My collection - Page 2
The Commodore Model 610A "Hi-Fi".... I would say that this was made sometime around 1960. It doesn't utter a peep when hooked up to a 9-V battery. I think my buddy, Bill H., paid about 50-cents for it at a flea market. A dubious investment.
An old Philco (hard-to-find manufacturer)radio, Model T61-124, powered by 3 x AA-cells in a real funky battery holder arrangement. Never has made a squawk. The info on the inside of the back panel says that the radio's design was patented by ITT, the folks who brought you the Anaconda Copper Mines in South America back in the 60s. This little radio was made in 1961, but no indication regarding county of origin. From the size of the tuning capacitor (its big), I would say that it might have been made in the good ol USA.
An Arvin 64R38. Found in 1998 at a garage sale in upstate New York, and acquired for the princely sum of $5. Made in 1964, and the mfgr's label would indicate that it actually came from Columbus, Indiana. Who knows. Has a real wierd battery holder for a 9-V battery, but a holder that is sized to accomodate one AA cell. I like it. It's in perfect shape.
The General Electric P975B. I have a few of these, and paid between $5 and $10 per radio. Uses 4 x AA cells, and plays pretty good. Made in 1964. I still see these around every so often at flea markets and garage sales, but have all that I can use. They all have a rather funky leather case, that is usually cracked and splitting. They all have "FM", though, so you can check up on the latest hits from the Smashed Pumpkins (?) on these radios, if you'd like ! radios !!!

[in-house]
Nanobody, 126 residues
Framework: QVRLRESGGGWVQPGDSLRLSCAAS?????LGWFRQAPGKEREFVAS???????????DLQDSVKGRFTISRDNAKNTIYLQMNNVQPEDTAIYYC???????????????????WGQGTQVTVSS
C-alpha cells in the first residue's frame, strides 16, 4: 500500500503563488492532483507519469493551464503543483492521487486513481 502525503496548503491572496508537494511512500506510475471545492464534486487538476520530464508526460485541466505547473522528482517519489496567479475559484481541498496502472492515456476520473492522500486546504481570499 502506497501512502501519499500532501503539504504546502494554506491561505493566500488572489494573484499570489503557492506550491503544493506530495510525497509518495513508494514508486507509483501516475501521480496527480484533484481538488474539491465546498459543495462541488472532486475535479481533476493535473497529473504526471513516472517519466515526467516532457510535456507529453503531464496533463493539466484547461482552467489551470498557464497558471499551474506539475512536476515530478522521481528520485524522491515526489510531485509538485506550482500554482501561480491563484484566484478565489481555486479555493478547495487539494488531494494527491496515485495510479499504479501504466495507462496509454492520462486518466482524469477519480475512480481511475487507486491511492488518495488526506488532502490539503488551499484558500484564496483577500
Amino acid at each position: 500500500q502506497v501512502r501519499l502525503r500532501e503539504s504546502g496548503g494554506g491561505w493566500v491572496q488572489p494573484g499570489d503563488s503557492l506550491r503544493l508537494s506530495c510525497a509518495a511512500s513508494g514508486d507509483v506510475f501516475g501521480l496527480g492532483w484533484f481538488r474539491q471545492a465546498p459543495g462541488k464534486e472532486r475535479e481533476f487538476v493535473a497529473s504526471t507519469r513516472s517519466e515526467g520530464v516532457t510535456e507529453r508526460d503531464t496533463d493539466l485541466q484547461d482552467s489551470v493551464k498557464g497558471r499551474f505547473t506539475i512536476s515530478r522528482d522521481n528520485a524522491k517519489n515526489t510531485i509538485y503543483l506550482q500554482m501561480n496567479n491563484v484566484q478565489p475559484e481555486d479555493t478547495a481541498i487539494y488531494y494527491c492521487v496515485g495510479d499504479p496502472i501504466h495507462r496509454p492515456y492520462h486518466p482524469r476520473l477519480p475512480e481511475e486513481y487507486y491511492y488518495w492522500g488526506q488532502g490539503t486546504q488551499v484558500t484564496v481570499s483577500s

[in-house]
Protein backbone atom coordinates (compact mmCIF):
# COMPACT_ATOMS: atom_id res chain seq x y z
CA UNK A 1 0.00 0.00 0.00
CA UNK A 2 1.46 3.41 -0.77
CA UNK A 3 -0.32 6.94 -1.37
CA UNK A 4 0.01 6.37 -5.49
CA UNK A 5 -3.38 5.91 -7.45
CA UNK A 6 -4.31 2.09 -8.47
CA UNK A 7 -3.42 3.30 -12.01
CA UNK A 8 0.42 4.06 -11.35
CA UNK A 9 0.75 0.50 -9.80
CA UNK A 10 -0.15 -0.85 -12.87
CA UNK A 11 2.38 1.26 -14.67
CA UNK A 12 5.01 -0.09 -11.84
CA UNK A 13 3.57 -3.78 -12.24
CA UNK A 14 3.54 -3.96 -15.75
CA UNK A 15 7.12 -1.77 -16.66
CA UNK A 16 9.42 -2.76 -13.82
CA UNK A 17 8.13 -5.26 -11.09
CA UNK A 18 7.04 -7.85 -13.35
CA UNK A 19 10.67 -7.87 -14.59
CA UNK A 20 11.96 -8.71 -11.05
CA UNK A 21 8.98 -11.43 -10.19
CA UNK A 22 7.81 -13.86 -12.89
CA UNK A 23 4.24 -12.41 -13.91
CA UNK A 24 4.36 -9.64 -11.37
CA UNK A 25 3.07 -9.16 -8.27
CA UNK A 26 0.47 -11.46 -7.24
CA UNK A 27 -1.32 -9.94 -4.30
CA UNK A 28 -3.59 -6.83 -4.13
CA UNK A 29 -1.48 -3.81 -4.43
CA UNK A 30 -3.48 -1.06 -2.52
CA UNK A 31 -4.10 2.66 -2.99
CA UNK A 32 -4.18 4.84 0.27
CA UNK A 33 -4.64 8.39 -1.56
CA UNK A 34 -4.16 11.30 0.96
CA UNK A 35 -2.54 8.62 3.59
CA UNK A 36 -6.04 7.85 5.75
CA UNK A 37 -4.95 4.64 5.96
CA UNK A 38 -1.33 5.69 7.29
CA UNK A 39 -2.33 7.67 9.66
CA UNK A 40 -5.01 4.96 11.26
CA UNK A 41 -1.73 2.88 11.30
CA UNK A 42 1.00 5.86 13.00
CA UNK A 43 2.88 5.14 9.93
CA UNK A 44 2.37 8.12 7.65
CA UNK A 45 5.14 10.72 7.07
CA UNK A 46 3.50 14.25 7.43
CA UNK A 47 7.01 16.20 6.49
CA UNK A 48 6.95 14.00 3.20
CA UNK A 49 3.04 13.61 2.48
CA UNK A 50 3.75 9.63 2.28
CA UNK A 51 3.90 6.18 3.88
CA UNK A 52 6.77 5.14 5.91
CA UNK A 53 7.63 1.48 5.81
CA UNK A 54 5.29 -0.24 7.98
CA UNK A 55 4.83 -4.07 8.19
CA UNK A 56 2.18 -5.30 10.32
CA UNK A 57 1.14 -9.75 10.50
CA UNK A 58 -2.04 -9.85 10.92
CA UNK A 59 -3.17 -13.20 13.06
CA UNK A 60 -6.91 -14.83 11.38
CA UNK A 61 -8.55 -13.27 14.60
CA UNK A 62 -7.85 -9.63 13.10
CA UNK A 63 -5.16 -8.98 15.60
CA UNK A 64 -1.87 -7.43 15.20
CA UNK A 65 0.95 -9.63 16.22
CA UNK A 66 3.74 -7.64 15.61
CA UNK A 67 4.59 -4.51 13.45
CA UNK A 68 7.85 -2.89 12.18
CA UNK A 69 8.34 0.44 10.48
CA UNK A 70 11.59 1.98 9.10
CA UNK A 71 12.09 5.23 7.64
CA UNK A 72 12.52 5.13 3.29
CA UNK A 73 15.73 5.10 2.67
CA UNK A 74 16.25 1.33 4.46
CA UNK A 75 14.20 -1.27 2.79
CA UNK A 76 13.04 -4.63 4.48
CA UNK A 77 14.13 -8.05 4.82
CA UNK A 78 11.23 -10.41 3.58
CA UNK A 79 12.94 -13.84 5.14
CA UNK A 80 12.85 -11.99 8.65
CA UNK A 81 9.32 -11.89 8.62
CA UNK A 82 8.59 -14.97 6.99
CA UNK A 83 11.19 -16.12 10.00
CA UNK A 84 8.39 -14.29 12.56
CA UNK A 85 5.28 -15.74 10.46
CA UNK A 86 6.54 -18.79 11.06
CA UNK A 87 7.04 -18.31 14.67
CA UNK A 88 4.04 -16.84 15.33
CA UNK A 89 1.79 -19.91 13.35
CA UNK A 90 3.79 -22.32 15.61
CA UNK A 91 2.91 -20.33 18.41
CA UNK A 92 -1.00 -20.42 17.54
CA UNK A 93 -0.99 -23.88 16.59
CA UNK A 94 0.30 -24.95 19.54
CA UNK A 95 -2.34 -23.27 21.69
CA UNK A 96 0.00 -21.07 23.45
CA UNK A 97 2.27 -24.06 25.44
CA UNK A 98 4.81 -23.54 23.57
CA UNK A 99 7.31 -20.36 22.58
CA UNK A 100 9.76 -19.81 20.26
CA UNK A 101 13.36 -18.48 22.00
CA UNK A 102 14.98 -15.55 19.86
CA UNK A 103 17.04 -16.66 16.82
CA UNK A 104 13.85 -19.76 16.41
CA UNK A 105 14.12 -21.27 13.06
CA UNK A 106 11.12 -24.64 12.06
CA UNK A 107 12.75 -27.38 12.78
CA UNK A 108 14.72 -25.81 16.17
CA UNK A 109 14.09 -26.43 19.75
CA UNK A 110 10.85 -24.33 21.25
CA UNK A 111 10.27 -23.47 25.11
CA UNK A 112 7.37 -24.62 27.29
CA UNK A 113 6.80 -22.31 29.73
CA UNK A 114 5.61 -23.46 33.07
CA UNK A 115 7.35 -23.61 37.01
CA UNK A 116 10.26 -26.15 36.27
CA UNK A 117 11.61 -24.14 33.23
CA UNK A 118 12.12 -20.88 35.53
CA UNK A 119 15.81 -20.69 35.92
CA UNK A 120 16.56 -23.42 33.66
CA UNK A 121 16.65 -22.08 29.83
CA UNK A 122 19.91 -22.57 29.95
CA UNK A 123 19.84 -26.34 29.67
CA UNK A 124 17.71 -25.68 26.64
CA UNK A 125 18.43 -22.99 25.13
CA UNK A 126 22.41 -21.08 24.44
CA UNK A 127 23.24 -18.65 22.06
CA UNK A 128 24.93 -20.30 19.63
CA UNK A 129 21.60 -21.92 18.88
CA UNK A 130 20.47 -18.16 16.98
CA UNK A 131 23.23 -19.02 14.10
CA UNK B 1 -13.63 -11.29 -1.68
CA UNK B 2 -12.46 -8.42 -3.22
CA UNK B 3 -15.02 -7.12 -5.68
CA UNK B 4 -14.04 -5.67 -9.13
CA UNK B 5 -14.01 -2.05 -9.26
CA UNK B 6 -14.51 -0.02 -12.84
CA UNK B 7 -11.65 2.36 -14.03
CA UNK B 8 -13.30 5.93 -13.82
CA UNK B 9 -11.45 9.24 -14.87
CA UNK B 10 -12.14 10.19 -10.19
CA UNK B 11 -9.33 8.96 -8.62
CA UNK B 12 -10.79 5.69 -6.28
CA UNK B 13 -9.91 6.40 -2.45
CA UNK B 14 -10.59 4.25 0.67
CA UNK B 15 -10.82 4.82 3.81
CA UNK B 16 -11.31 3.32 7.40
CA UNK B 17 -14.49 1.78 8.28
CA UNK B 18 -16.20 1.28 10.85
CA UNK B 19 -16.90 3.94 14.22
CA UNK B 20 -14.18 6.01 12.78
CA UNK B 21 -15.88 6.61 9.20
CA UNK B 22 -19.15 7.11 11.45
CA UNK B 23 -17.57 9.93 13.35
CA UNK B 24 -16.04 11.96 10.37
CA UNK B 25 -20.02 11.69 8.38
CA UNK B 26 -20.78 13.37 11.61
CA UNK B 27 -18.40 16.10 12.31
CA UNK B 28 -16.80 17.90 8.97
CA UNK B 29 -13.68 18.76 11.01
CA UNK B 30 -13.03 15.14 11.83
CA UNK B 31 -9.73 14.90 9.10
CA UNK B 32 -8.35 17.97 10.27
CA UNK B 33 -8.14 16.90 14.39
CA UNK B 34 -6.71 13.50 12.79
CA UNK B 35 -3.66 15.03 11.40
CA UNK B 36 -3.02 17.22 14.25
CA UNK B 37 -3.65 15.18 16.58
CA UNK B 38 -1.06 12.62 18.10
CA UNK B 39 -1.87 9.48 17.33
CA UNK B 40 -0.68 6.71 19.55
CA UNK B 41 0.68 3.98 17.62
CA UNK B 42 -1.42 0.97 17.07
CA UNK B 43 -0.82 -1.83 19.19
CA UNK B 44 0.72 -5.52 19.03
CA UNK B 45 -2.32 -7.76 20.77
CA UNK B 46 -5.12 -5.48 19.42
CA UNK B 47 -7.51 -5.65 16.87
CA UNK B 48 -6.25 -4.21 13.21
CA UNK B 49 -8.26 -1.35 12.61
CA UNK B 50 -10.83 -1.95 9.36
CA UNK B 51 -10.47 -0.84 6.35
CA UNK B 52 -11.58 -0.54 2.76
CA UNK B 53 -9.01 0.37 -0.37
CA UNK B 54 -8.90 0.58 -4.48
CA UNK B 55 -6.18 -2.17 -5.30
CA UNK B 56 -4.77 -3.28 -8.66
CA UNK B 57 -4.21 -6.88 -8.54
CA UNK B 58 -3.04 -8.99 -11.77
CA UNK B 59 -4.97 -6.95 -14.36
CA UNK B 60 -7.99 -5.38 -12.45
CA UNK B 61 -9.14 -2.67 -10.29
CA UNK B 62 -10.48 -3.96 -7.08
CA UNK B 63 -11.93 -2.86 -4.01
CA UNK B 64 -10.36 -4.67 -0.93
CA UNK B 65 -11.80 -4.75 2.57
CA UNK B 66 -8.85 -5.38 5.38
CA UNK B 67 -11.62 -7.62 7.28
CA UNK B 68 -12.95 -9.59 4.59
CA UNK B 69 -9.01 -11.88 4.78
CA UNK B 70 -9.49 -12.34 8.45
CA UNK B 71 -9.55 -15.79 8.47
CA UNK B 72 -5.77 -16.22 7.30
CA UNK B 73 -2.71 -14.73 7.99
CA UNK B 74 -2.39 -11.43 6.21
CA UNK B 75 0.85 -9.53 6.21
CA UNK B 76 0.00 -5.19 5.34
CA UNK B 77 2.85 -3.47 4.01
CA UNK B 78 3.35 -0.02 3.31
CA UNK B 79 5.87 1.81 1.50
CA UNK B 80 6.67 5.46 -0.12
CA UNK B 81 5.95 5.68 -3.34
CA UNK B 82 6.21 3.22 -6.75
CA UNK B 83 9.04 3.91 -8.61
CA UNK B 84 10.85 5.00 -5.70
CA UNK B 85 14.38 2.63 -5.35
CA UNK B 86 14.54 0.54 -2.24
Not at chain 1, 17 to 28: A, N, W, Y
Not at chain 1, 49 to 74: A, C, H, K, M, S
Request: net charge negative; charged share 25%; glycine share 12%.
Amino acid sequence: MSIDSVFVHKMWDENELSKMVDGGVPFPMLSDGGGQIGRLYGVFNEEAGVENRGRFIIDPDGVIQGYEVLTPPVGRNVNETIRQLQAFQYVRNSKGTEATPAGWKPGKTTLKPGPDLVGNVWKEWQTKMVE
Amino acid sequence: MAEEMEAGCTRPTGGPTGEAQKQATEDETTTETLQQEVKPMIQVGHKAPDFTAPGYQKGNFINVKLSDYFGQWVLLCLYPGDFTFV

Here is a nifty little Westinghouse H-707P6GP set, made in a dirty looking green plastic. Uses one 9-V battery, and is a generally weak performer, unless you like to picnic right under the towers of 50,000 watt AM stations. The set was made in Japan, around 1963 or 1964. You don't see too many radios around made by Westinghouse; if you see one, grab it, even if it doesn't work. Westinghouse was a company that used to make everything, like G.E., but went under due to management incompetence, according to some former employees I've talked with. I heard that the whole company ceased to exist about a year ago.... I think that their entire business at that time was making big turbine generators for electric utilities...probably more money in that kind of business, than in making transistor radios !
A Silvertone Model 1217. The Silvertone brand was marketed by Sears & Roebuck for many years; they used to slap the label on anything that made a sound. In fact, they would slap the Sears label on anything.... I'll never forget my surprise when I found, as a young part-time custodial employee of Sears in Youngstown, OH, that their men's dress shirts came in crates from places like Korea. Not that there is anything wrong with Korea. Anyhow, back to radios. I got this from a guy (Jeff C., Toledo, OH) about 5 years ago. I think he said that it belonged to his grandmother, and was in a box of stuff they picked up from her estate. The radio is another one of those sets that takes 6 D-cells, so, I clipped off the battery holder, wired in a 9-V battery, and still heard nothing but an occasional crackle. I started poking around the chassis with a screwdriver, and couldn't find the point where the circuit board foil was broken.... if it was flexed a particular way, the radio came to life with a really neat, rich tone. Then, I pressed too hard, and broke the circuit board. (Groan.) Nice leather case too.... I think that this radio was made around 1960, but, no reference information exists for this model in my books (Transistor Radios by Lane & Lane, copyright 1994, Wallace-Homestead Books, Radnor, PA), (Collectors Guide to Transistor Radios, Marty & Sue Bunis, Collector Books, Paducah, KY, copyright 1994). If you know of any other good books that cover this subject, send me an E-mail to FBC04@aol.com. Thanks.
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